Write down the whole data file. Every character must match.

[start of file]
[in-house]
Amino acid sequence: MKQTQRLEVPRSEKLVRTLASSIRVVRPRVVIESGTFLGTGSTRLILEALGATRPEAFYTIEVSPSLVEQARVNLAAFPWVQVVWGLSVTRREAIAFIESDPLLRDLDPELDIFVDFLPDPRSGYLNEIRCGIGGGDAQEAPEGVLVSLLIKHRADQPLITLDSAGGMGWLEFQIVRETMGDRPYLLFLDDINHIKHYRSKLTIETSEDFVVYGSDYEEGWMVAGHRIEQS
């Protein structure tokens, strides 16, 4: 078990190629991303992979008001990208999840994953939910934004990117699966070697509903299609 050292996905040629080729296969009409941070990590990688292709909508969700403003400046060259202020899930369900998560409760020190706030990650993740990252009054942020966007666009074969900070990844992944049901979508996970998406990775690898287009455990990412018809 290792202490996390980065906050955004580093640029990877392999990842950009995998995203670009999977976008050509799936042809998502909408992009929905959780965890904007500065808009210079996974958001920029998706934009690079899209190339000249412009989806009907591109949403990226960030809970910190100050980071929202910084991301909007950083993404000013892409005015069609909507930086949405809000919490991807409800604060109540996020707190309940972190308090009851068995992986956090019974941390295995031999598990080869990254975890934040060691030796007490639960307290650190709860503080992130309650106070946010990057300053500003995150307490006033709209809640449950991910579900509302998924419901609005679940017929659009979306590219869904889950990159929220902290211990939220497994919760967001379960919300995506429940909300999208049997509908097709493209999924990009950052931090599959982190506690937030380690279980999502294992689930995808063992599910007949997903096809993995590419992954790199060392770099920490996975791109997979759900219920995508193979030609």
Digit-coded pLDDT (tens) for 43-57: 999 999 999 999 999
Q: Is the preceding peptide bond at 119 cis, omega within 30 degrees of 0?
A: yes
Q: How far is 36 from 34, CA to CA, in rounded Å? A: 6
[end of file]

[in-house]
Amino acid sequence: MKQTQRLEVPRSEKLVRTLASSIRVVRPRVVIESGTFLGTGSTRLILEALGATRPEAFYTIEVSPSLVEQARVNLAAFPWVQVVWGLSVTRREAIAFIESDPLLRDLDPELDIFVDFLPDPRSGYLNEIRCGIGGGDAQEAPEGVLVSLLIKHRADQPLITLDSAGGMGWLEFQIVRETMGDRPYLLFLDDINHIKHYRSKLTIETSEDFVVYGSDYEEGWMVAGHRIEQS
């Protein structure tokens, strides 16, 4: 078990190629991303992979008001990208999840994953939910934004990117699966070697509903299609 050292996905040629080729296969009409941070990590990688292709909508969700403003400046060259202020899930369900998560409760020190706030990650993740990252009054942020966007666009074969900070990844992944049901979508996970998406990775690898287009455990990412018809 290792202490996390980065906050955004580093640029990877392999990842950009995998995203670009999977976008050509799936042809998502909408992009929905959780965890904007500065808009210079996974958001920029998706934009690079899209190339000249412009989806009907591109949403990226960030809970910190100050980071929202910084991301909007950083993404000013892409005015069609909507930086949405809000919490991807409800604060109540996020707190309940972190308090009851068995992986956090019974941390295995031999598990080869990254975890934040060691030796007490639960307290650190709860503080992130309650106070946010990057300053500003995150307490006033709209809640449950991910579900509302998924419901609005679940017929659009979306590219869904889950990159929220902290211990939220497994919760967001379960919300995506429940909300999208049997509908097709493209999924990009950052931090599959982190506690937030380690279980999502294992689930995808063992599910007949997903096809993995590419992954790199060392770099920490996975791109997979759900219920995508193979030609």
Digit-coded pLDDT (tens) for 43-57: 999 999 999 999 999
Q: Is the preceding peptide bond at 119 cis, omega within 30 degrees of 0?
A: yes
Q: How far is 36 from 34, CA to CA, in rounded Å? A: 6